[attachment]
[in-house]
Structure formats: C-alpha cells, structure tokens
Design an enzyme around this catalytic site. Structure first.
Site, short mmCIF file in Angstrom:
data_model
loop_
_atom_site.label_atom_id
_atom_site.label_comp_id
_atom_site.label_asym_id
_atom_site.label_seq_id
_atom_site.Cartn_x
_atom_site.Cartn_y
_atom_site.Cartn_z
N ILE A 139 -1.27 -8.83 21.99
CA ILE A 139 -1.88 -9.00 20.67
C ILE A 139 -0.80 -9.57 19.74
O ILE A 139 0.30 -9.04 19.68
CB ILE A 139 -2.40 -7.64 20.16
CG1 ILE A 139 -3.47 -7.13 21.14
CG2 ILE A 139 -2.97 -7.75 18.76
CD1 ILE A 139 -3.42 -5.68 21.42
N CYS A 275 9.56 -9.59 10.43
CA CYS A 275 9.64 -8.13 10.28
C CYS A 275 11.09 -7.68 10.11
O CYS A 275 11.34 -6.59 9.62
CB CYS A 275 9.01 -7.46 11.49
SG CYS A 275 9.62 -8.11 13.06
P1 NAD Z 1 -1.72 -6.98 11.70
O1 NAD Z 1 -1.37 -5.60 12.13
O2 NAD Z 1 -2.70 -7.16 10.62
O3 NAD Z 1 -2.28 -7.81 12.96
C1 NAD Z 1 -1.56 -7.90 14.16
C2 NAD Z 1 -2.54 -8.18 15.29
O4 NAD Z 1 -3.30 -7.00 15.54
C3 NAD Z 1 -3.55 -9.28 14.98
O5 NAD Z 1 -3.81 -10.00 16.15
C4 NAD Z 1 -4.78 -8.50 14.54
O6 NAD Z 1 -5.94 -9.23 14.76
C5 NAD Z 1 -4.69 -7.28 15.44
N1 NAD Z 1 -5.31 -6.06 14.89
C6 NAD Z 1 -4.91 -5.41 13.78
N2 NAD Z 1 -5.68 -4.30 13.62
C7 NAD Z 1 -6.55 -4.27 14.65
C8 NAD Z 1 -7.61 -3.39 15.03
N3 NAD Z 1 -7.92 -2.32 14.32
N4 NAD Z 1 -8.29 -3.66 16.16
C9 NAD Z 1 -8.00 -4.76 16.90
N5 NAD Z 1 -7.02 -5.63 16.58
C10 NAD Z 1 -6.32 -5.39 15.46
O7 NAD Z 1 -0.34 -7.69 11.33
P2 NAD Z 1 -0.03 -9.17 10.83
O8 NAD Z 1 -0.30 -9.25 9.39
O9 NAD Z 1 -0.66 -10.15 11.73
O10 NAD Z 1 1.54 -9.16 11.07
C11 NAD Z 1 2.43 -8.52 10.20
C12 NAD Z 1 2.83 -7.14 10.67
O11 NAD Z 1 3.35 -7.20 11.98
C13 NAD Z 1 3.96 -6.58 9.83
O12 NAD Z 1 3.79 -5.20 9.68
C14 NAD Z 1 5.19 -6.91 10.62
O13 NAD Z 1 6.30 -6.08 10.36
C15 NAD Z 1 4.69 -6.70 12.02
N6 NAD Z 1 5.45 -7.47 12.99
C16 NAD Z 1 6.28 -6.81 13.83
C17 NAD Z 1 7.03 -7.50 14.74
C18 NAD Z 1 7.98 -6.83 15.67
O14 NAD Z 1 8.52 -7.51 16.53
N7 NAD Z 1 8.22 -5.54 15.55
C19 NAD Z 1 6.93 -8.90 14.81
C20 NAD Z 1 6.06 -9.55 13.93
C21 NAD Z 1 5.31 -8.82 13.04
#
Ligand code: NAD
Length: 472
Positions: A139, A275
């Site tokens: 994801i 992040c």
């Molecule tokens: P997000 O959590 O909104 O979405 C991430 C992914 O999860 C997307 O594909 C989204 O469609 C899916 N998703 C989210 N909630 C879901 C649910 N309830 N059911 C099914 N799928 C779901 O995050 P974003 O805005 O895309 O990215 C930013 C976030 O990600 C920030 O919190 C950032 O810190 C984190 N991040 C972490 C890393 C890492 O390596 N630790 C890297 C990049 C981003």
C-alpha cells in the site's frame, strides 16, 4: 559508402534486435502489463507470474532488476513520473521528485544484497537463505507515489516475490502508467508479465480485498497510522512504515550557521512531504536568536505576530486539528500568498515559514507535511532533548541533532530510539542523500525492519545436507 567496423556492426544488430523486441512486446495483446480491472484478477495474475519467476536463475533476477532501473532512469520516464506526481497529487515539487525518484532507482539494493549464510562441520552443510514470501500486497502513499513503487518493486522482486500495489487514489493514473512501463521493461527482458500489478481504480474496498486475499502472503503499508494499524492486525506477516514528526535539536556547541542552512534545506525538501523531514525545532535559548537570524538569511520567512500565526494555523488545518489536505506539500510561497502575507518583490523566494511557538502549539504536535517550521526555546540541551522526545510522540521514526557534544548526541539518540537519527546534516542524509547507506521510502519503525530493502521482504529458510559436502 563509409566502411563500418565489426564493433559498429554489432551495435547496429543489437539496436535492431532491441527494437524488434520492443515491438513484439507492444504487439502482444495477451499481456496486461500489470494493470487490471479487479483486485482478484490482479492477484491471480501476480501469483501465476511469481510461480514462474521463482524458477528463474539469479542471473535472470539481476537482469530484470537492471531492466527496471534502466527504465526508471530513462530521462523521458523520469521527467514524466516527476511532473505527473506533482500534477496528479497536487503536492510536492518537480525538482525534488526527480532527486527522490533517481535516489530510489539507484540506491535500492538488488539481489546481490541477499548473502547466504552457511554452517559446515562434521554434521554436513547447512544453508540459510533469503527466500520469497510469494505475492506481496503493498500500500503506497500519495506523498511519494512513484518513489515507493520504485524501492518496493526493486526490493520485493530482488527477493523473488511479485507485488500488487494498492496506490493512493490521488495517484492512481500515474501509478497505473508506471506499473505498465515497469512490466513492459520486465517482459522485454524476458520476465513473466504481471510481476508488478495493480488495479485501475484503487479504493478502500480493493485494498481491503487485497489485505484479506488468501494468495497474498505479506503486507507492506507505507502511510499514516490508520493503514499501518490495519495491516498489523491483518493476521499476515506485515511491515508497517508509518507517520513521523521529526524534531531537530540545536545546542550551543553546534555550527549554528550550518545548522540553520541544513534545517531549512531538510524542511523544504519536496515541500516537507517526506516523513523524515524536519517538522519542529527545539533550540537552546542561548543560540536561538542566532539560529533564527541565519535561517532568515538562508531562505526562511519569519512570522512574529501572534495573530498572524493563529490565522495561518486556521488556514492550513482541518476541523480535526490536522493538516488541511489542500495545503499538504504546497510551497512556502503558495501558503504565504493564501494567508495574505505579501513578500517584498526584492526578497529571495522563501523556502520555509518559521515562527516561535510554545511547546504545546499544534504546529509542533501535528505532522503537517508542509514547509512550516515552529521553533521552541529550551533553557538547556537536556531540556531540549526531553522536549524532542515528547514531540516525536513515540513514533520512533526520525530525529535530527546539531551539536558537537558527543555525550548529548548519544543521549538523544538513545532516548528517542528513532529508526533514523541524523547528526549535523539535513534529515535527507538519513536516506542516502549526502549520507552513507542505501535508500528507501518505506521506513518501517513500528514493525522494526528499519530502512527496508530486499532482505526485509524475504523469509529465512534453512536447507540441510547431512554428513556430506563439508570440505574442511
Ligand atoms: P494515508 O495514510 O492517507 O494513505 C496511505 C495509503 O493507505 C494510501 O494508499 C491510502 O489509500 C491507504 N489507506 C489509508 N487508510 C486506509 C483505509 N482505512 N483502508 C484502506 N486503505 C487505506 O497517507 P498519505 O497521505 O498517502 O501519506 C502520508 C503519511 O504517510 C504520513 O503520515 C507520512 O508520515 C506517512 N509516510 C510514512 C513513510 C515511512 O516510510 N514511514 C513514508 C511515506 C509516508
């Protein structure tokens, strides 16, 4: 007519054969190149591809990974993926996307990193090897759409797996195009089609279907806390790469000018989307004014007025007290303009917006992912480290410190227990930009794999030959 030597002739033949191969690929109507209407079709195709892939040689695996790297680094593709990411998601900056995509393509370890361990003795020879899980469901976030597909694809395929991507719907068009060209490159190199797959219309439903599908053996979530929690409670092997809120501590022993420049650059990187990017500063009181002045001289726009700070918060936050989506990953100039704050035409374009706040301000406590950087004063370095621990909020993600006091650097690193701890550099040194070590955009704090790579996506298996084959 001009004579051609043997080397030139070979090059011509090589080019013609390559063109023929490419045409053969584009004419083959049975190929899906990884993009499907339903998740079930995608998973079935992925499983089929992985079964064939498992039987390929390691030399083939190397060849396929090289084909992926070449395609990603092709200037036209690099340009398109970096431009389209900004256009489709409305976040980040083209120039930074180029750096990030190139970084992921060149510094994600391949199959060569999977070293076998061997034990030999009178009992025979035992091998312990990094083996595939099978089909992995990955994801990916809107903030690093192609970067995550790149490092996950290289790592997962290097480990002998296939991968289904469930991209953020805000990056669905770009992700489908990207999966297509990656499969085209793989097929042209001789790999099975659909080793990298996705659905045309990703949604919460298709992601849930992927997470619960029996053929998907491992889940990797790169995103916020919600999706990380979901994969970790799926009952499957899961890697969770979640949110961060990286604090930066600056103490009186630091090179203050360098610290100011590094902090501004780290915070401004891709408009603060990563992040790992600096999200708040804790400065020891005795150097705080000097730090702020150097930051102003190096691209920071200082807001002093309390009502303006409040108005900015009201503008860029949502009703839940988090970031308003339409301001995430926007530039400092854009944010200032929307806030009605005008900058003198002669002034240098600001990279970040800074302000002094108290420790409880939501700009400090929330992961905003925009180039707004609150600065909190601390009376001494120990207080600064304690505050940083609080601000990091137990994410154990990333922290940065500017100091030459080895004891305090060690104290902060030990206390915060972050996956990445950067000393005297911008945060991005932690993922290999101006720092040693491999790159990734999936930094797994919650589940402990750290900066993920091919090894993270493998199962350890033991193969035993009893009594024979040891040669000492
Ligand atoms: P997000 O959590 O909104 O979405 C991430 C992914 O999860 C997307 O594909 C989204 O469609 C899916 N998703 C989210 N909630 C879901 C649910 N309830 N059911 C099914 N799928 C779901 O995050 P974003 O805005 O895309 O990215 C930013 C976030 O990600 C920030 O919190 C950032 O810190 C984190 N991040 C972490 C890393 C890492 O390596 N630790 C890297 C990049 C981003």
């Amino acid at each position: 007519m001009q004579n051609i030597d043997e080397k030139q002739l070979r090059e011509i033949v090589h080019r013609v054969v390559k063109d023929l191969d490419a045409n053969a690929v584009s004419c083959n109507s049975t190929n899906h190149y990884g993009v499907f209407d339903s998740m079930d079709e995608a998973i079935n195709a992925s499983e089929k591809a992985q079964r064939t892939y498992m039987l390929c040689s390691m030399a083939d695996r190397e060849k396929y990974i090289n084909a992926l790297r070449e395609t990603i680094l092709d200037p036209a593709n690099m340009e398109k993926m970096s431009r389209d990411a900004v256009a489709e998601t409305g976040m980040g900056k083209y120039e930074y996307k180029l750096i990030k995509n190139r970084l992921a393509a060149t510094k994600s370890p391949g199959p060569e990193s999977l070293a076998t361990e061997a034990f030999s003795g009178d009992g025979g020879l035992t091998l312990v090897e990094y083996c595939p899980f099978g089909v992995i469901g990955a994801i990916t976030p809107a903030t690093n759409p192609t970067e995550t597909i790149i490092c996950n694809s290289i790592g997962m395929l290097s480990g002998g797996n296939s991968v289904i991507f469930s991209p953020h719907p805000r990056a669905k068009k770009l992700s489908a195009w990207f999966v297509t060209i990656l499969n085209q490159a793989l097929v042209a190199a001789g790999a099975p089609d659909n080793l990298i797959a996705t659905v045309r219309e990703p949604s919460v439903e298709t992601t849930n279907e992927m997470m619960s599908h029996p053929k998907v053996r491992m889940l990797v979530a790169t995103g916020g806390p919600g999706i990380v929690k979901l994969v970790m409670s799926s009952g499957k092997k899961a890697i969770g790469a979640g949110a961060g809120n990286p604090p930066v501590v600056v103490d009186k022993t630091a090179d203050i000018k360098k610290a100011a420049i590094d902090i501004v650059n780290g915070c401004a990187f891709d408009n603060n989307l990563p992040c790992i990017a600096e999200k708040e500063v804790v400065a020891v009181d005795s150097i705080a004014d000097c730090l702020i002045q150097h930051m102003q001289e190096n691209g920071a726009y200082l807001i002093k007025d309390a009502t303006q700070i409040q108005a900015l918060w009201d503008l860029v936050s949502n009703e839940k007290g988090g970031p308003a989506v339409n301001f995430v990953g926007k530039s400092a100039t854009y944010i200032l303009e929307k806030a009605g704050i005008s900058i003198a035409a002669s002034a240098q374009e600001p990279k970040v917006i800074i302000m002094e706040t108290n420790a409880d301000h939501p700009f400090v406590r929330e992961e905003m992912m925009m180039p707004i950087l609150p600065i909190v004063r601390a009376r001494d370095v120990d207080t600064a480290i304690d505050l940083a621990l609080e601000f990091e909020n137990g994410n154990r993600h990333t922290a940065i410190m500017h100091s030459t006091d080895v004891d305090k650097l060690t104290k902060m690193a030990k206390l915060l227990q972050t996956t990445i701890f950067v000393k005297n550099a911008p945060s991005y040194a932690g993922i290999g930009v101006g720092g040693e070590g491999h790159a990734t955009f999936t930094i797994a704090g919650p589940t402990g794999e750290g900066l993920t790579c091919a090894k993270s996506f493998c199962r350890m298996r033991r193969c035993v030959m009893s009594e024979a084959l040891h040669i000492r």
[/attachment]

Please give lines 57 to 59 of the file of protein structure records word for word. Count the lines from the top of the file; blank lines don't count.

O11 NAD Z 1 3.35 -7.20 11.98
C13 NAD Z 1 3.96 -6.58 9.83
O12 NAD Z 1 3.79 -5.20 9.68